Perhaps Sherry is so generous because she remembers what it was like to work in a company where she was “constantly apologizing to customers” and her input was often ignored. That, in fact, was why she spent six months thinking about quitting and then finally started a similar business out of her basement. (Yes, she was sued by her former employer.) Sherry soldiered on because “I was too stupid to know to be scared.”
While writing her business plan, she realized she didn’t have “anything special” to offer potential customers so she came up with a money-back guarantee. That worked: This year LetterLogic will bring in $18 million and projections for 2010 top $25 million.
Talia Mashiach, founder of Eved Services, is a self-professed tech geek who loves automating business processes. Five years ago, she accompanied her band-leader husband to the Hilton in Chicago and realized the hotel needed help coordinating all the tasks for special events. Talia realized she could automate and manage that process, borrowed more than $300,000 from her home equity line and signed two Hilton properties as clients. Today Talia’s company manages 4,000 events, boasts over 8,000 customers, and will bring in over $9 million this year.
But that’s only the beginning for this mother of four (with one on the way). Next month Eved will transform into a software-as-a-service company, allowing buyers, sellers, and vendors to “engage and interact with one another.” From the beginning her focus has been on “what does the customer want?” Talia has always bootstrapped her way through the business, and once again is tapping her home equity line to fund Eved’s evolution.
For serial entrepreneur Susan Wilson the proverbial lightbulb went off when her husband, who worked at a court, come home from his job and told her about an unpaid judgment. Her first reaction was “huh?” since she thought paying a judgment was mandatory. She spent the night doing research, and once she learned that 80 percent of judgments went unpaid, she started her business the next morning. The Judgment Group purchases, enforces, and recovers portfolios of unpaid court-ordered money judgments.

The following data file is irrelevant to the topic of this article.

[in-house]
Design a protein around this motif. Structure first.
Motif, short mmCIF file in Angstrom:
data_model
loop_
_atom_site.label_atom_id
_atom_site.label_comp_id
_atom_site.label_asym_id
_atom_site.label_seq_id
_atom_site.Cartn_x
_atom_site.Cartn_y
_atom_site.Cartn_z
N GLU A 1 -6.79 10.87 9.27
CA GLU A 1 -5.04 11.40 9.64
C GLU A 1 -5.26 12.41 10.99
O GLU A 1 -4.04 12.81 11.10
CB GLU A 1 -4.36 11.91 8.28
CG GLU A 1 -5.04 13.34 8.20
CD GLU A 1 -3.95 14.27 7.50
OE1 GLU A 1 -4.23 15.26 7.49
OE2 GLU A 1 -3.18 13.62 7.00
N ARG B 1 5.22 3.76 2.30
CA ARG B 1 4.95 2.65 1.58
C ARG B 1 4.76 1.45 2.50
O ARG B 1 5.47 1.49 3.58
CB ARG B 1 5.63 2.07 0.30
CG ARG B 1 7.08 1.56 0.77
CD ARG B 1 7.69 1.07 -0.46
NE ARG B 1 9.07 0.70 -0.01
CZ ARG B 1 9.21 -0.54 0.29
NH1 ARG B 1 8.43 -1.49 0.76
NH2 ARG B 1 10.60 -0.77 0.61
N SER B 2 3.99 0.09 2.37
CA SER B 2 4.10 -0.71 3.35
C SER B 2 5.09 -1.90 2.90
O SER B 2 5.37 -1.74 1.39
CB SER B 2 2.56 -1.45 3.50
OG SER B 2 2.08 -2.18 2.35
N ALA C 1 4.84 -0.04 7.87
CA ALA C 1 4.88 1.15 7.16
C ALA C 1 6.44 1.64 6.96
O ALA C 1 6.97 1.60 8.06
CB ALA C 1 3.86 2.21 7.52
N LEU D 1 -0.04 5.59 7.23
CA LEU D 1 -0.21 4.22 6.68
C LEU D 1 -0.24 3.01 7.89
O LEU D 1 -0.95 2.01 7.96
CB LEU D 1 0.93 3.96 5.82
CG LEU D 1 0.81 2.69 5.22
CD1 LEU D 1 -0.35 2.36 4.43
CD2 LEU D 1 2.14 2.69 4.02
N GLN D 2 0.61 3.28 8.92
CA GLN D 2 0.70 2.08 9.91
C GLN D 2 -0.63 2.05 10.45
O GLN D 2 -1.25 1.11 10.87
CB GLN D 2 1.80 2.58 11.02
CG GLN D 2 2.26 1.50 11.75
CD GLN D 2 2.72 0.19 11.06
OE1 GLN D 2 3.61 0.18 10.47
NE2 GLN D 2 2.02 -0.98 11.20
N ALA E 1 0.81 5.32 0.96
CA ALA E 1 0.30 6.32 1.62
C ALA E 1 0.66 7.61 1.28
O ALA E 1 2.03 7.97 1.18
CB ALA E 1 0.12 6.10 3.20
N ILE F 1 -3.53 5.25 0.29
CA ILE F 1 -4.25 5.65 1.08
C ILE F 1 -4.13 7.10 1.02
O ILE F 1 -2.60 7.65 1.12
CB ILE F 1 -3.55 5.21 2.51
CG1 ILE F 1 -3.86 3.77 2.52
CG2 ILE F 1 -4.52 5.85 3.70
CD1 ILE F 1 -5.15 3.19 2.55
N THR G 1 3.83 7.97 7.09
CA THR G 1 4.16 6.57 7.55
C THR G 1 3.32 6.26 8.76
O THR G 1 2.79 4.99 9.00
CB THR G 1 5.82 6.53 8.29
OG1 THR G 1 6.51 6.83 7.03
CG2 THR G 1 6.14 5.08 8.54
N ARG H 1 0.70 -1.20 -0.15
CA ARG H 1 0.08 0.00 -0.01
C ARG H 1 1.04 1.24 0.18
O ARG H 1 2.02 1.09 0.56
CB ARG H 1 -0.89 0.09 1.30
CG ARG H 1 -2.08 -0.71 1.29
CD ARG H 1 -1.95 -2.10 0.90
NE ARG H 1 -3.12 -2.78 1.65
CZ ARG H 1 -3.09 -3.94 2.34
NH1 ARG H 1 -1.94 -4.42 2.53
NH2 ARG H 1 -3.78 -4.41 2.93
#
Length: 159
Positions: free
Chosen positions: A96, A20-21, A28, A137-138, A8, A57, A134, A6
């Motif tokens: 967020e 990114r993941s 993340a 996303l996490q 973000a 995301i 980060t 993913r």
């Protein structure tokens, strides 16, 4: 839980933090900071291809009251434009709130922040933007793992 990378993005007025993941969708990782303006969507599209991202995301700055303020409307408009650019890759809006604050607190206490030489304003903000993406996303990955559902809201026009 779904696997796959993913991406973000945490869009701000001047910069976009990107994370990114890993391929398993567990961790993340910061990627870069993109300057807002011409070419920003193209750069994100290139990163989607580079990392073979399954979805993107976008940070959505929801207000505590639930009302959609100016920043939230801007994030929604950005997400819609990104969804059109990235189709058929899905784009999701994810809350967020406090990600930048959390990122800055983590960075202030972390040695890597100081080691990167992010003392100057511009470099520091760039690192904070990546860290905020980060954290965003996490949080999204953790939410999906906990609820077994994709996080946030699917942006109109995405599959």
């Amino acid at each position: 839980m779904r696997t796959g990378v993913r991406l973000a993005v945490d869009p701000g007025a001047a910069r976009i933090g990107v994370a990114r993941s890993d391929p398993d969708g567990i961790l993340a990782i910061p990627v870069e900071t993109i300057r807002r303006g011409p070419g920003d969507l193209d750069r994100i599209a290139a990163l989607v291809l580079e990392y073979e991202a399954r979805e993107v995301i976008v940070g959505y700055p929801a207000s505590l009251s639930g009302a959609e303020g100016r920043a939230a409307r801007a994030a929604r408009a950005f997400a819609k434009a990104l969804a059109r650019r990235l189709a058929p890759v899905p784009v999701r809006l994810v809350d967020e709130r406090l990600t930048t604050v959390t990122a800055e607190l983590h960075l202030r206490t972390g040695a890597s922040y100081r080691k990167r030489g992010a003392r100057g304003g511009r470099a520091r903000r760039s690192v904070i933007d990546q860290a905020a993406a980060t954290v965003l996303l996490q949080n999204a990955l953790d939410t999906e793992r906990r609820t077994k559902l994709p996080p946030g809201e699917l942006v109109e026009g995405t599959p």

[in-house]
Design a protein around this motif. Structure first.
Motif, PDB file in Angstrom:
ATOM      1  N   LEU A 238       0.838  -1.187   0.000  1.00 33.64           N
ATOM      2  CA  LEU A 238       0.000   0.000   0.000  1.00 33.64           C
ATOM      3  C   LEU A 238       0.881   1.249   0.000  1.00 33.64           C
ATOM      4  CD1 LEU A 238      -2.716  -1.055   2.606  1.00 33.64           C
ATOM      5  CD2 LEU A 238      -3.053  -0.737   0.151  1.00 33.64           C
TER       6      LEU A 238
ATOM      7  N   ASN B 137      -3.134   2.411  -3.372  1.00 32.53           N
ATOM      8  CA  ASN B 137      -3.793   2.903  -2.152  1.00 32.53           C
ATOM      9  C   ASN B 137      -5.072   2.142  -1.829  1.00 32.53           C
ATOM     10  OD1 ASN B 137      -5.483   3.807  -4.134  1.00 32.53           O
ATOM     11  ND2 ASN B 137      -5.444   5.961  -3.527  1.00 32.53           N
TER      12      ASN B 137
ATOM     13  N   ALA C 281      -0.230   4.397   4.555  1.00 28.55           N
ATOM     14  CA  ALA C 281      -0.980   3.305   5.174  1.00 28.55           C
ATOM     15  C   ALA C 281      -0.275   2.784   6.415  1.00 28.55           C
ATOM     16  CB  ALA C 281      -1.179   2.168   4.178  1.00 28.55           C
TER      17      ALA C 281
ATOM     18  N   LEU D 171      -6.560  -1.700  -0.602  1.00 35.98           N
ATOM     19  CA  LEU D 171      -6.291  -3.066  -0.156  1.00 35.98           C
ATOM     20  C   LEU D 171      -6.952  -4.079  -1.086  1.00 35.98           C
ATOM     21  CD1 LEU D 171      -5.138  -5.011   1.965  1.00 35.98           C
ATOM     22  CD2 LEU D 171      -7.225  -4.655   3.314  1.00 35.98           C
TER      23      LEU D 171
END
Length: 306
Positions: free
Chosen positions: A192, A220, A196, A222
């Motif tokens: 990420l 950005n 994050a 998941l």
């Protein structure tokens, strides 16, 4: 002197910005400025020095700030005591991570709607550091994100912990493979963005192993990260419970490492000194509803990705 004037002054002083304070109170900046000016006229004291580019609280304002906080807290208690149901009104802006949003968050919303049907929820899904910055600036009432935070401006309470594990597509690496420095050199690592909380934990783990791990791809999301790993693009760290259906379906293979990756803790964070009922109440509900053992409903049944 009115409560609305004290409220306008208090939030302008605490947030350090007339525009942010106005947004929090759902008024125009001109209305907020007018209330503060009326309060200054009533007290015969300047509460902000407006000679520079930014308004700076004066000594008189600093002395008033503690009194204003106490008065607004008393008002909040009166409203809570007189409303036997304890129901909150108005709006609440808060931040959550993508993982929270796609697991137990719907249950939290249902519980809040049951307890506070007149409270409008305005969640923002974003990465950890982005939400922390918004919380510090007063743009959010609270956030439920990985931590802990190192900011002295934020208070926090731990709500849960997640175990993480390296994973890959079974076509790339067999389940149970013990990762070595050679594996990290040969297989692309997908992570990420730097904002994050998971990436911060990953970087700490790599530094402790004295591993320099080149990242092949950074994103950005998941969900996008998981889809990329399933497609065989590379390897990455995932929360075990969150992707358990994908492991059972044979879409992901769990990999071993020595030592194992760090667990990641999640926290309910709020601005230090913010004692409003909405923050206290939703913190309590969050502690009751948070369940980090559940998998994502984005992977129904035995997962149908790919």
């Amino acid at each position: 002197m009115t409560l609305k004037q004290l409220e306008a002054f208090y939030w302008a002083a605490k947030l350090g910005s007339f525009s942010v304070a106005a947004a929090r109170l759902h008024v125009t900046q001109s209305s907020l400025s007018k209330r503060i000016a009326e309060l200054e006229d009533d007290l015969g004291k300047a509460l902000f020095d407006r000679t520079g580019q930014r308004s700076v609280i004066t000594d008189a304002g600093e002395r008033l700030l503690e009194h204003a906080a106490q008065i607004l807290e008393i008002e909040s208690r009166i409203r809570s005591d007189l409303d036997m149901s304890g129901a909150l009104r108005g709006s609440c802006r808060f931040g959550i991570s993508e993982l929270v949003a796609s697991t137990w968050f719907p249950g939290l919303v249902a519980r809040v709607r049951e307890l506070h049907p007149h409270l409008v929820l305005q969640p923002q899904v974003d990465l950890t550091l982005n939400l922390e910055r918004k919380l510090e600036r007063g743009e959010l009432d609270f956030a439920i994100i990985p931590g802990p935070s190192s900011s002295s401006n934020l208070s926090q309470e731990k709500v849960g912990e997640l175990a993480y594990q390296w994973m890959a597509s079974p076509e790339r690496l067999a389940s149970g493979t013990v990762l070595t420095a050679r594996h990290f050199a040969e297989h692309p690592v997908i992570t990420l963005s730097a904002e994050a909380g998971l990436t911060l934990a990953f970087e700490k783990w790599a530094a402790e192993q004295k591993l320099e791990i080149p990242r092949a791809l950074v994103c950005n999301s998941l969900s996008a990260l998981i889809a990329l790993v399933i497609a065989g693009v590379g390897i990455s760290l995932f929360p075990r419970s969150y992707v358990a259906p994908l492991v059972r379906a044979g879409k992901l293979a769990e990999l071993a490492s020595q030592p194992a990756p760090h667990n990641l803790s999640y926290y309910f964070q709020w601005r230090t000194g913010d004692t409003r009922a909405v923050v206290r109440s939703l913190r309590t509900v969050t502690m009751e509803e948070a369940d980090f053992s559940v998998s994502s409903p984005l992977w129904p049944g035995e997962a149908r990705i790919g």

The recession has slowed Susan down a bit, but not much — 2009 revenues will hit $5 million, which she projects will double next year. For Susan, business is everything: “I can’t sing or dance. Business is my art.” Susan’s advice to other women business owners is to “get over the stigma of thinking we’re not good enough to ask for money.”
You might not recognize Shabnam Rezaei now, but that’s likely to change after her TV show premieres in January on 27 PBS stations across the country, reaching 30 million viewers. Shabnam, who was born in Iran, worked in banking when she realized there wasn’t a lot of information about the Persian culture available in media. She started Persianmirror.com, an online magazine exploring Iranian culture. From there, she expanded her focus and formed Big Bad Boo, a media production and distribution company dedicated to teaching children about different cultures.
Her first project was a direct-to-DVD cartoon called Babak & Friends, which tells the story of little Babak, a young boy who is stuck between his Iranian and American cultures. Shabnam sold 20,000 DVDs, mostly via grassroots marketing. Next she gave Babak a group of friends from Korea, Cuba, India and the U.S., and Mixed Nutz, the cartoon series was born. Animation is expensive and Shabnam had to knock on a lot of doors to raise money. “I was laughed out of many rooms,” Shabnam recalls, but ultimately she raised over $3 million in 18 months. It took more door knocking to get on PBS.
You don’t get rich selling to PBS, so, in January, she’s also launching oznoz.com, a Web site with games, products, and licensed merchandise. Her newest production, animated episodes of 1001 Nights, including the original stories of Aladdin, Sinbad and Ali Baba, came in sixth out of 1,200 kids shows presented in Cannes.
By highlighting accomplished women like these, E&Y puts a serious dent in the dearth of role models for entrepreneurial women. These women were so inspiring, I came back with a notebook full of new ideas. While only a few may see the light of day, I’ve already started planning a series of products to help entrepreneurs start and grow businesses.